On Half the Perfect World
, southern-born chanteuse Madeleine Peyroux follows in the footsteps of the collaborative Got You On My Mind
(Waking Up, 2004), creating a pleasant medley of jazz, blues, and pop. With her backing band and Billy Holiday-inspired vocals, Peyroux crafts her own renditions of songs from the likes of folk-rock heroes Leonard Cohen, Tom Waits, and Joni Mitchell. Whether in the key of jazz or blues, Peyroux has certainly fashioned an album that's both coffeehouse-ready, and fit for after-hours listening.
On the Fred Neil-penned "Everybody's Talkin,'" drummer Jay Bellarose and bassist David Piltch's hushed bossa nova rhythms are mingled with Sam Yahel's fluttering piano and Dean Parks' rolling guitar. Topped off with Peyroux's gentle coo, the group transforms Harry Nilsson's 1969 free-wheeling folk classic into an intimate jazz lullaby.
Peyroux breathes new life into "(Looking For) The Heart of Saturday Night," replacing Tom Waits' boozy rasp and melancholy composition with her own soft, smoky soprano and acoustic guitar. Greg Leisz's mewing pedal steel, Bellaroses' tender brush work, and Till Bronner's muted trumpet come together to provide a much lighter, dreamier melody than that of Waits' version, but still manage to keep the folk soul of "Saturday Night" intact.
Joni Mitchell's "River" appears as a duet with the mezzo-soprano songstress K.D. Lang. Peyroux and her company of players take Mitchell's folk piano-ballad and convert it to resemble a sullen blues standard. The limitations in vocal range heard in both Peyroux and Lang don't hurt the song at all, and appear to be rather intentional. Moreover, Peyroux's interpretation seems to compliment traditional blues/ragtime singer Bessie Smith, who she has paid homage to for her own signature phrasing, by singing slightly off key and with a downhearted sensitivity, while still remaining true to the source material.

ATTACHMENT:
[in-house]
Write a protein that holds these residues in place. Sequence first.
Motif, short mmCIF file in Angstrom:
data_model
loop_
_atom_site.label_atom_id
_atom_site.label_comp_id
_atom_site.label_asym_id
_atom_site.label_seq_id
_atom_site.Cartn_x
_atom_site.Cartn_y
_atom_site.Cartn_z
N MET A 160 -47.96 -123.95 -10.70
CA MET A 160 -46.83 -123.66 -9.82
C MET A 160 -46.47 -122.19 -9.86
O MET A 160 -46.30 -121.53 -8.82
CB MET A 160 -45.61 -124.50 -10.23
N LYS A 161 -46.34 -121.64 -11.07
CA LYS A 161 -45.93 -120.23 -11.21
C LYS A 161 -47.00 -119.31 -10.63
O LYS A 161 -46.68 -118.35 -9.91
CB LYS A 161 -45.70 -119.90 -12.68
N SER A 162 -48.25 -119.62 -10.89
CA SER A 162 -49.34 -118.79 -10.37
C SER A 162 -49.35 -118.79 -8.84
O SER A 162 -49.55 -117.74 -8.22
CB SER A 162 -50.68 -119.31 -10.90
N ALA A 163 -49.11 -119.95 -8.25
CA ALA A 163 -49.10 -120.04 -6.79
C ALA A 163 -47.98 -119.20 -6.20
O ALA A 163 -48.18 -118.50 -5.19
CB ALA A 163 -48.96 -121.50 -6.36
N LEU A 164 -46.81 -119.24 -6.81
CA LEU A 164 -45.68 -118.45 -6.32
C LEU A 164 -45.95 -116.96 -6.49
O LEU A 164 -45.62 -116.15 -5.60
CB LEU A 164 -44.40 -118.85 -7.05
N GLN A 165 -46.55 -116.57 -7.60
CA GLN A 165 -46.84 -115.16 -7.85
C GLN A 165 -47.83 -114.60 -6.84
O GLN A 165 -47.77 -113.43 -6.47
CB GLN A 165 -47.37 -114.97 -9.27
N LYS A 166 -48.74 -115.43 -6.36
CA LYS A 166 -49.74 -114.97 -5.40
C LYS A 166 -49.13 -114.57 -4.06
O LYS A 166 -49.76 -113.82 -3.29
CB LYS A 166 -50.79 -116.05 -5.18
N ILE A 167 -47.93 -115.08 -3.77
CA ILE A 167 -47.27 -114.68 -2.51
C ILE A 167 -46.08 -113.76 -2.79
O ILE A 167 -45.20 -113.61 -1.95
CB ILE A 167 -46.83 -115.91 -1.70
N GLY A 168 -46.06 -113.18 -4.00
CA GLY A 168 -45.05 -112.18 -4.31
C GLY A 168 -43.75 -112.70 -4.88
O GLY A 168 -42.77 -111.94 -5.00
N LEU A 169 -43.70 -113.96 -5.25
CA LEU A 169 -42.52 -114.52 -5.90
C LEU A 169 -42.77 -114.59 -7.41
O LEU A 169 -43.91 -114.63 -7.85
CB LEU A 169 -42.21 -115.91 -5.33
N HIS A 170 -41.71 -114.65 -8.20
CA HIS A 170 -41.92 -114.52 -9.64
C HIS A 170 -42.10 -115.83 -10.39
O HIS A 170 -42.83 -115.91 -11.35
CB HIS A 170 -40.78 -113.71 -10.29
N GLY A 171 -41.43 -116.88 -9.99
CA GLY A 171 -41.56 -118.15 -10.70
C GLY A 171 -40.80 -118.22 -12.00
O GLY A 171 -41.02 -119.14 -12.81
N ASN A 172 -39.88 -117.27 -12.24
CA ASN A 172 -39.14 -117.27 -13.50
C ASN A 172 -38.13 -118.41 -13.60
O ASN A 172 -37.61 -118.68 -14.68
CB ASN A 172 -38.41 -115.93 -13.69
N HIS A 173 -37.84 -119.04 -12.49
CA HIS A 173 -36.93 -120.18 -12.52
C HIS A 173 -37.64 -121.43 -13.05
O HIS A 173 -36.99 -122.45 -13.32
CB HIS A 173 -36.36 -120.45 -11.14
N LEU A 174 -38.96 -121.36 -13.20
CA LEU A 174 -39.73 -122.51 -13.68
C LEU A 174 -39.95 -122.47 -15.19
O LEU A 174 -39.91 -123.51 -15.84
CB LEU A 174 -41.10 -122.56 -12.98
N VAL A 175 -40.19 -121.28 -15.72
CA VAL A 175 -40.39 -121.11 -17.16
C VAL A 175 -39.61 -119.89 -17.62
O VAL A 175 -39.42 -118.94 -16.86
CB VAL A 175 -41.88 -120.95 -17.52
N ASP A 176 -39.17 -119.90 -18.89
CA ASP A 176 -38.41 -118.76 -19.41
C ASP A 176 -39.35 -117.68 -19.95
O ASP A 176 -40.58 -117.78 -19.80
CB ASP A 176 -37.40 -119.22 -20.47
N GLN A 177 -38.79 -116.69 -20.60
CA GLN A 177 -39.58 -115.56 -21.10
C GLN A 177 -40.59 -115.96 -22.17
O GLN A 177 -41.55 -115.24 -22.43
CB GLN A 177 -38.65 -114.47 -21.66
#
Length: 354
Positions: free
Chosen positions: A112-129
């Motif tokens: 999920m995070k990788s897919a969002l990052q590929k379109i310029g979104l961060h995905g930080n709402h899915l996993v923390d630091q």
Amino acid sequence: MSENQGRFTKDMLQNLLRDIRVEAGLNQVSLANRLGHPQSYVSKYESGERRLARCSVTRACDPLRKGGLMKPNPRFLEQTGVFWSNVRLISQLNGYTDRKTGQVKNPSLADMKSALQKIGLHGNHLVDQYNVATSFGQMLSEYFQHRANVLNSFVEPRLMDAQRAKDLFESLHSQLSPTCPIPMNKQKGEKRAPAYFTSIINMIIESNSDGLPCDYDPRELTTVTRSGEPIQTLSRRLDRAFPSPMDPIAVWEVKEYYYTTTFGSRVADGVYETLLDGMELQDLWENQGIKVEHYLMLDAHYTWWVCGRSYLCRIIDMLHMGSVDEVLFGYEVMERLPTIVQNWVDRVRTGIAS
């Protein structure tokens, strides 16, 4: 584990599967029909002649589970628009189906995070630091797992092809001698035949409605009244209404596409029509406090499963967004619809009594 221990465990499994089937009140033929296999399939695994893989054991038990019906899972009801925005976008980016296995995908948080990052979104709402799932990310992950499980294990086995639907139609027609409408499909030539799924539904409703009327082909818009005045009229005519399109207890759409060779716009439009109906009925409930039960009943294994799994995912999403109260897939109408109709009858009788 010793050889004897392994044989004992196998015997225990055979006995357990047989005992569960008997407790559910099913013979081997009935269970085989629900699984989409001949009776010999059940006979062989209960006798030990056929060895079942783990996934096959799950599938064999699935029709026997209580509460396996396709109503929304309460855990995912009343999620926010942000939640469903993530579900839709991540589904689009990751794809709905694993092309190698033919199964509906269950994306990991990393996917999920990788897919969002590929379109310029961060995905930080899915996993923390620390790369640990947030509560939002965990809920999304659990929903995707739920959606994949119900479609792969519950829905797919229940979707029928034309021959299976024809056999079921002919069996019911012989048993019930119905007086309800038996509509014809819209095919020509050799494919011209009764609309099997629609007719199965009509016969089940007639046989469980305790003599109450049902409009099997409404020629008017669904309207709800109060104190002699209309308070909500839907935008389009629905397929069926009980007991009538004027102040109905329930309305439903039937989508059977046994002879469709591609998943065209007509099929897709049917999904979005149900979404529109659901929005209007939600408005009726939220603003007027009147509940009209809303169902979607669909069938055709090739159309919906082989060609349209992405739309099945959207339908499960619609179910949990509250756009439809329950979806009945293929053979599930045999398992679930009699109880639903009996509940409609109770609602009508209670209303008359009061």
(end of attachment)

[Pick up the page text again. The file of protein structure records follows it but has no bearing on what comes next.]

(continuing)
The album's title track, written by Leonard Cohen and originally sung by long-time collaborator Anjani as a quiet ballad, is given a light-stringed bossa nova treatment here as Peyroux muses of love in a way wholly reminiscent of Brazilian songbird Astrud Gilberto's brilliant recordings. Dean Parks' swaying contribution, Yahel's light-hearted piano, Bellaroses' faint rhythmic brush strokes, and Garry Foster's melodious sax prove to be the perfect accompaniment to Peyroux's sweet, aural presence.
"California Rain," one of four Peyroux-penned compositions, has the catchiness and vigor belonging to her sleeper hit "Don't Wait Too Long," from Careless Love
(Rounder, 2004), while the easygoing "I'm Alright" finds Peyroux playful and witty amidst her laughter and nonsensical verse. The other two songs, although notable in their scope and artistry, don't seem as accessible as the songs that Peyroux has chosen to cover.
With Half the Perfect World
, Peyroux not only takes a brave step in commemorating the many songwriters that inspire her, she redefines herself as an artist in the process by showcasing her knack for musical composition and creative panache. Peyroux is a proven and accomplished musician and singer, and possesses what very few jazz performers can ever hope to attain: staying power.